Mike Tyson's Face Tattoo Lawsuit Could Delay 'Hangover II' Release

Torrie HardcastleContributor IIMay 24, 2011

LOS ANGELES- OCTOBER 26:  Mike Tyson attends the BET 25th Anniversary Show at the Shrine Auditorium on October 26, 2005 in Los Angeles, California.  (Photo by Frederick M. Brown/Getty Images).
Frederick M. Brown/Getty Images

The infamous face tattoo has stirred up quite a controversy recently, but now the battle is spilling out of the courts and potentially into the box office.

Mike Tyson's tattoo artist, S. Victor Whitmill, filed a lawsuit against Warner Bros.

Studios this month claim that The Hangover II infringed upon his copyright by parodying the tattoo design without his permission. (Ed Helms wakes up with a hangover and a Tyson-esque face tat in the film)

But now, Whitmill has gone a step further, asking for an injunction to prevent the release of The Hangover II until the lawsuit is settled. The film was set to be released this Thursday to take advantage of the holiday weekend.

In hopes of keeping the sequel on track for release, Warner Bros. filed a brief with the courts Friday, laying out their defense against the lawsuit.

According to the court papers, Warner Bros. claims the following as defense against the injunction:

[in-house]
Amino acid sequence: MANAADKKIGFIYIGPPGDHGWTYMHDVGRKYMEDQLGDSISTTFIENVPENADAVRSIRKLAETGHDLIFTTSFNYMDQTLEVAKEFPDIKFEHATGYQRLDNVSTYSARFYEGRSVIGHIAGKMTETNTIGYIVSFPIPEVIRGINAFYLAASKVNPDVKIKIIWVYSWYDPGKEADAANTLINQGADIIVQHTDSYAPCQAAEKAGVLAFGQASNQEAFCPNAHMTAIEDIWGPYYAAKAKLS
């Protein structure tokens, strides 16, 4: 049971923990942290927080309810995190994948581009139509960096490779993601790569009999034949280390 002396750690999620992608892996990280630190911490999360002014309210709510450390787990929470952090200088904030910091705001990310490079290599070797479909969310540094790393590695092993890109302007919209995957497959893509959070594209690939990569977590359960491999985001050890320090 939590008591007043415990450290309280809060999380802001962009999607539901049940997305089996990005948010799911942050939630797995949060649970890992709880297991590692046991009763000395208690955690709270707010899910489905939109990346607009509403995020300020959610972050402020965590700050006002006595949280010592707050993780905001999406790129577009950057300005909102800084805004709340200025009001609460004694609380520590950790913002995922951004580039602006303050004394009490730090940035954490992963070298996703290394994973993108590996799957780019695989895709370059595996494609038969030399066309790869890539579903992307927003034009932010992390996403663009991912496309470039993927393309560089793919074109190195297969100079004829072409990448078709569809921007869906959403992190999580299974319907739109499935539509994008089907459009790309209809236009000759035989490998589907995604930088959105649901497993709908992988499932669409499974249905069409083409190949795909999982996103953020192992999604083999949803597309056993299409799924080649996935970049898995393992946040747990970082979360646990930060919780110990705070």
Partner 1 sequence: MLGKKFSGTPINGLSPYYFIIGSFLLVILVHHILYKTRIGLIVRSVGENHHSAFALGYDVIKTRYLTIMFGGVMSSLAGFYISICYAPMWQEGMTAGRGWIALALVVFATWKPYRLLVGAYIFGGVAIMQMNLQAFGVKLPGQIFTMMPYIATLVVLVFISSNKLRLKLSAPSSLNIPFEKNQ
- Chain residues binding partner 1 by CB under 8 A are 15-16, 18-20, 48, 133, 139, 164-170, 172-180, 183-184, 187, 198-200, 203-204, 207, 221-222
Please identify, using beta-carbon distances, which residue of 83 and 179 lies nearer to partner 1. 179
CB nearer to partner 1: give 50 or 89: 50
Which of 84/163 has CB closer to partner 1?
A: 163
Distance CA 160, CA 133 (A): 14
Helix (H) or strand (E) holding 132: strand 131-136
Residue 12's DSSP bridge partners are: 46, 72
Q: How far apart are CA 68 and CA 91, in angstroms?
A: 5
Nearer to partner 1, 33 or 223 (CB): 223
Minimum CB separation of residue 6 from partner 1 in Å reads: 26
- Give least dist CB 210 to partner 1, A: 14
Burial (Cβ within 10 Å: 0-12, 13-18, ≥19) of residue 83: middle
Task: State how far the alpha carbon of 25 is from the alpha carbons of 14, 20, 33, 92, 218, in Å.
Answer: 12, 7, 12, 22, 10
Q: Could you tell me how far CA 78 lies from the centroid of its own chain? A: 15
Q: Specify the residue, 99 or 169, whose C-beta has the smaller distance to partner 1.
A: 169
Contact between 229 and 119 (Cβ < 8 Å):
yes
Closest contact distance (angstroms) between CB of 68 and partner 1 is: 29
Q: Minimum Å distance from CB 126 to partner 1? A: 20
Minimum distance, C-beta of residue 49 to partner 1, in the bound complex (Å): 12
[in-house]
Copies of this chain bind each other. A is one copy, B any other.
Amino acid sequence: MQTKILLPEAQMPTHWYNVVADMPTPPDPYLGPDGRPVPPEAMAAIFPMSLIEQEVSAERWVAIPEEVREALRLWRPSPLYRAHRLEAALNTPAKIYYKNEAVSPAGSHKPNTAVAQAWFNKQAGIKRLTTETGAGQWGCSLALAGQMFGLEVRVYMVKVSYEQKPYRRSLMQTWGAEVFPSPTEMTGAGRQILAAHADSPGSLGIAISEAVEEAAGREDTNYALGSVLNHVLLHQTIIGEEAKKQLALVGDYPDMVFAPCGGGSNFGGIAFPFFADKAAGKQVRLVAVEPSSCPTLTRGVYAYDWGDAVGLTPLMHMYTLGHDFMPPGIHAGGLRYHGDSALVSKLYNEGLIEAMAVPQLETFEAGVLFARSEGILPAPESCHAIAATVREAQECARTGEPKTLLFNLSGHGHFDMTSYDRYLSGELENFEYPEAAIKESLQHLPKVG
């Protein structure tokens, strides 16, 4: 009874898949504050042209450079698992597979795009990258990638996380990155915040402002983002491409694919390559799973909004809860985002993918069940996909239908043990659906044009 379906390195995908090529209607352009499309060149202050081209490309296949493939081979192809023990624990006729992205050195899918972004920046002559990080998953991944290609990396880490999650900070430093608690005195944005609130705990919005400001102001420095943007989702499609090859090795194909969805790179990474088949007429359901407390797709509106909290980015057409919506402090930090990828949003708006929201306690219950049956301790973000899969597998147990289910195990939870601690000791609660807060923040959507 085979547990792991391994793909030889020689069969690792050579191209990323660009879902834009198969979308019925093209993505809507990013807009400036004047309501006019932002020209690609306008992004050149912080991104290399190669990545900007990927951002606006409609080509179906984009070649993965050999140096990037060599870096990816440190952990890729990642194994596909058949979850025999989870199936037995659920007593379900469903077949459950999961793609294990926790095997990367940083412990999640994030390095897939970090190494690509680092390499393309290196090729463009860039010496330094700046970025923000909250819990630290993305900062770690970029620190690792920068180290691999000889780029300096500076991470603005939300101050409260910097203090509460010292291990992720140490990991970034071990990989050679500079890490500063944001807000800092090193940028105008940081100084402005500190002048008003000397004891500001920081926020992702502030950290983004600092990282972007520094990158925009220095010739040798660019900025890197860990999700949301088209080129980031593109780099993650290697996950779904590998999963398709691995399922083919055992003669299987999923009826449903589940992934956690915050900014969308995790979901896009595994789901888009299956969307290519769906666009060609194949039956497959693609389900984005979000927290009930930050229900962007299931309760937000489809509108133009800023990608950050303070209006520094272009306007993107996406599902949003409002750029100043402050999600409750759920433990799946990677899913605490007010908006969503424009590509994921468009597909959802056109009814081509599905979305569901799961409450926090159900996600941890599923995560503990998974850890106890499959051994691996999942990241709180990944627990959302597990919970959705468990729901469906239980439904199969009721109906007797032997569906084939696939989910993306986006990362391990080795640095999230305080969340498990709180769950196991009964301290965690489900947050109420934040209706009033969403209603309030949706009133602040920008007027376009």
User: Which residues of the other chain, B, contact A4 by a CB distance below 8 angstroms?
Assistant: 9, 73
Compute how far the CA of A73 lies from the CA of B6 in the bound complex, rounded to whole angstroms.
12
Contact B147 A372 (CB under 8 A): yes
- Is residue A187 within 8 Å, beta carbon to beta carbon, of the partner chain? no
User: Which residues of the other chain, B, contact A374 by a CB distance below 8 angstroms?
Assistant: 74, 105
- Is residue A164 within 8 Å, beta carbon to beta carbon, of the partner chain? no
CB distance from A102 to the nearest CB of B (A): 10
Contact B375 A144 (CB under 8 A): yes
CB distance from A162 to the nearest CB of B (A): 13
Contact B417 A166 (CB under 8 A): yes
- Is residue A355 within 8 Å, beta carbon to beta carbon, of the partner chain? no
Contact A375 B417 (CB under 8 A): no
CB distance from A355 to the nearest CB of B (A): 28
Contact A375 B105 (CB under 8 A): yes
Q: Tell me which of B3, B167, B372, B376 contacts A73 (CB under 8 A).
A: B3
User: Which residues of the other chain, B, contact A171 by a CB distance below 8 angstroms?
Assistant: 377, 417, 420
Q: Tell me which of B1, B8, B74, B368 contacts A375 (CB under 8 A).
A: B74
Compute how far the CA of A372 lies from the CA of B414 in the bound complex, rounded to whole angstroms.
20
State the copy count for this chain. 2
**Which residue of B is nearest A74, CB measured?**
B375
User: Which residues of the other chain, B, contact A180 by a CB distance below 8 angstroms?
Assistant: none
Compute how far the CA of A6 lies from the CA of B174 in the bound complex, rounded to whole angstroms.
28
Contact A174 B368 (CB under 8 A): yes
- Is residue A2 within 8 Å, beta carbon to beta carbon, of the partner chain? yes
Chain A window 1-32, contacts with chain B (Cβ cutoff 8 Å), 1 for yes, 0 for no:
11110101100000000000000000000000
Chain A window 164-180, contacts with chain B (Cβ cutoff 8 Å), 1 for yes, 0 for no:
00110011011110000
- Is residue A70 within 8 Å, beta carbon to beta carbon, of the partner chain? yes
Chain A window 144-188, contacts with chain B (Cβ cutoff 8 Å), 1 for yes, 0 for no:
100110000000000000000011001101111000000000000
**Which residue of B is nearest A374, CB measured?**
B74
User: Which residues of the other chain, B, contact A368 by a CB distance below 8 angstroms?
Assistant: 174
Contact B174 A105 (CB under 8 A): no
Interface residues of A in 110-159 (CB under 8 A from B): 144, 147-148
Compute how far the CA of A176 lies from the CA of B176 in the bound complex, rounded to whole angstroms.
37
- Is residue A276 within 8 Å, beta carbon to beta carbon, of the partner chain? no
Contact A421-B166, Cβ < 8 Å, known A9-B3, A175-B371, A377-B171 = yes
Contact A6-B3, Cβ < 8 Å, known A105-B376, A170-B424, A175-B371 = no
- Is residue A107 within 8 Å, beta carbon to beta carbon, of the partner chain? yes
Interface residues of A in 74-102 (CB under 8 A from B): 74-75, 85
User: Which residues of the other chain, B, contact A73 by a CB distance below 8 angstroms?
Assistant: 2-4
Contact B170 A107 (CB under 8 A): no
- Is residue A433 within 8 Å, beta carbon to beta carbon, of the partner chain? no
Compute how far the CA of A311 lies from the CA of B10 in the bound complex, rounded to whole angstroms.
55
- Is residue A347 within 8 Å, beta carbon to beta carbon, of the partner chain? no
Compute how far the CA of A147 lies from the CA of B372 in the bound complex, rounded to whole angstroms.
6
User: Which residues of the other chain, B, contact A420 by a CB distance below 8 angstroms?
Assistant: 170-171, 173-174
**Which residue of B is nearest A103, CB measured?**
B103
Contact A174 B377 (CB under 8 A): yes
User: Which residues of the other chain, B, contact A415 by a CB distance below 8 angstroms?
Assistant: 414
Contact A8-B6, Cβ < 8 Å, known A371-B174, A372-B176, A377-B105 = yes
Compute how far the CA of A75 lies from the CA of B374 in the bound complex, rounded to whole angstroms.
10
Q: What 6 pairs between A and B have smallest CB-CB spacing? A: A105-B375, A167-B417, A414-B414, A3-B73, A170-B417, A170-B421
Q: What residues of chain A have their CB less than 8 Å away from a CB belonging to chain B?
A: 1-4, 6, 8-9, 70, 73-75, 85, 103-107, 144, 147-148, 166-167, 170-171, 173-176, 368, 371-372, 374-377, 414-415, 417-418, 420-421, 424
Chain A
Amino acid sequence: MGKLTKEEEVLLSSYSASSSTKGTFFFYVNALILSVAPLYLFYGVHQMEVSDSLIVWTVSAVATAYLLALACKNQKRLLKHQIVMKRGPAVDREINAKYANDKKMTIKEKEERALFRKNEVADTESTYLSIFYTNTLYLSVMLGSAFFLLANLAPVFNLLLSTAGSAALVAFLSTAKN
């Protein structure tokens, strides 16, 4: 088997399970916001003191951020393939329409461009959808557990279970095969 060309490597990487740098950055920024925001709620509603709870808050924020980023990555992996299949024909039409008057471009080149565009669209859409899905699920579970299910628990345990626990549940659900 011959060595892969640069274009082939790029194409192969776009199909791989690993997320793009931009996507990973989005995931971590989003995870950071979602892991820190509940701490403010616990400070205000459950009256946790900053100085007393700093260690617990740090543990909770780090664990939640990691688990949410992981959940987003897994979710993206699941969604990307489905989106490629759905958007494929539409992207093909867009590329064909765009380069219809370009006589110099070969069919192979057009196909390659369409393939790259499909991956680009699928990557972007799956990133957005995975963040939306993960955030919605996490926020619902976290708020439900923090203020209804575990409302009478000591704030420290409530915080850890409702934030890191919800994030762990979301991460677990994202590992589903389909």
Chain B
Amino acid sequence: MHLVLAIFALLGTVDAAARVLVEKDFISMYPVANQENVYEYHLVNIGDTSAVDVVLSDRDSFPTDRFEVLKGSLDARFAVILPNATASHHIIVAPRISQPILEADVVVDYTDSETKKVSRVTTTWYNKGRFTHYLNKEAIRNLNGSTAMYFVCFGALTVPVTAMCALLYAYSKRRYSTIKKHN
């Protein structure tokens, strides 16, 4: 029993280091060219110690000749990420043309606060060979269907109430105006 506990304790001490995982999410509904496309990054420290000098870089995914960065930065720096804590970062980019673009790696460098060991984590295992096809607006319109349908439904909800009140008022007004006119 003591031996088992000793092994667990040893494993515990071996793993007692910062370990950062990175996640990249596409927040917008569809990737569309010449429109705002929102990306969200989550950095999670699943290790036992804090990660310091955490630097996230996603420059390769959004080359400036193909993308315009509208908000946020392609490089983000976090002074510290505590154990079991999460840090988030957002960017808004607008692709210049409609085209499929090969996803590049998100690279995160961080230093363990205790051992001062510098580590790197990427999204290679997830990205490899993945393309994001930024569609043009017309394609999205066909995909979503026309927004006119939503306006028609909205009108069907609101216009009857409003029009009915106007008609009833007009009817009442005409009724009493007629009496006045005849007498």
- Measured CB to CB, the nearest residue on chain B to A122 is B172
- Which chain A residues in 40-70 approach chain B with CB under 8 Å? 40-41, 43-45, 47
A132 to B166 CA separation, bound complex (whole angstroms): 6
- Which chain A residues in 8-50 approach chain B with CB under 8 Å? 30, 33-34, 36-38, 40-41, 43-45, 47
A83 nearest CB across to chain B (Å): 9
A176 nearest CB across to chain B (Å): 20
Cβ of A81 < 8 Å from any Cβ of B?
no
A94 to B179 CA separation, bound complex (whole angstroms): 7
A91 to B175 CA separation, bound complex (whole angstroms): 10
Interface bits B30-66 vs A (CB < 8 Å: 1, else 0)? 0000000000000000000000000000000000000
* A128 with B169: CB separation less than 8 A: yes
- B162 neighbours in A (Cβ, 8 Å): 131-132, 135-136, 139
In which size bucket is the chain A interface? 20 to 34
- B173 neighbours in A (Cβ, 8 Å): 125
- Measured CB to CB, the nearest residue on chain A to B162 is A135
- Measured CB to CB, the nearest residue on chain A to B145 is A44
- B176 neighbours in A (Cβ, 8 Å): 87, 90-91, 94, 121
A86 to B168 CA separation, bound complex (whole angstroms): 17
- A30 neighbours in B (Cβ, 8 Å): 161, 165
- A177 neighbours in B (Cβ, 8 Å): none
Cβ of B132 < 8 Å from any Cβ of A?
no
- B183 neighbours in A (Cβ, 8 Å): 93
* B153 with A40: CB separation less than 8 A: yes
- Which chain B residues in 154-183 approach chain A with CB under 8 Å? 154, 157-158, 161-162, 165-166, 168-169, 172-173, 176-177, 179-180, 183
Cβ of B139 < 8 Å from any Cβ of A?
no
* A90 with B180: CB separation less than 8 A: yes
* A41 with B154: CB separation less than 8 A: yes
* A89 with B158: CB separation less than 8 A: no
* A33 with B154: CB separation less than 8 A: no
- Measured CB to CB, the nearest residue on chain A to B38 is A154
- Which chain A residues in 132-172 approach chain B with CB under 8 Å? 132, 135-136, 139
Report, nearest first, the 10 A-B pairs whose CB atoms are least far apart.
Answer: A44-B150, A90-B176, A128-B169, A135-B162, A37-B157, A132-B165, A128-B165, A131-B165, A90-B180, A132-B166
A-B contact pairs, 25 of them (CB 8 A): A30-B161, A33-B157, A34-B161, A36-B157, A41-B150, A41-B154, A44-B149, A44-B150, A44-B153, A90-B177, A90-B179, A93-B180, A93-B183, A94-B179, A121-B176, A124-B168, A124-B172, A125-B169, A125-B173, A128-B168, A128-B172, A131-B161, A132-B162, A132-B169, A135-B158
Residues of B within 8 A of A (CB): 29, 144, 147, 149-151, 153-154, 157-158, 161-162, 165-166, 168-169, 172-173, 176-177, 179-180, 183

• Since Tyson made a cameo in the original 2009 film without Whitmill's objection, Warner Bros. has an "implicit license" to use a similar design for Ed Helm's character in the sequel.
  • The case is unprecedented. No one has ever filed a copyright suit against a film for body art.
  • Tyson's tattoo is not copyrightable "because it is not sufficiently original or creative."
  • "Tattoos on the skin are not copyrightable."
  • Whitmill can't own the copyright because Tyson is the owner.
  • According to the Copyright Act and the First Amendment, Warner Bros. use of the design is fair use because it's a parody.
  • An injunction on the film would be a huge financial loss, and would make the film vulnerable to piracy and leaked copies because over 3,600 theaters across the country will be receiving the movie this week.

Whitmill's lawyer filed a brief Monday in response to Warner Bros. defense claims, saying, "Not even Warner Bros. can dispute that original tattoo designs are protected by copyright. They are pictorial works 'fixed in any tangible medium of expression'."

Whitmill is also claiming grounds for his injunction request based on the fact that the tattoo is now being used in advertising and promotional items for the film. (It's even on a Big Gulp at 7-Eleven)

A judge will soon decide whether to grant the injunction or not, and Tyson fans may end up having to wait a while before they'll be able to see their beloved Iron Mike on the big screen once again.

Tyson, however, has remained cool about the whole situation and actually likes the fact that his tattoo (on Ed Helms) ended up on The Hangover II movie poster. 

"I was honored," Tyson said. "It was more profound than my actual face being on it--big time because it symbolizes me."

Hopefully, Iron Mike can be honored by a big box office weekend if the film gets released as planned.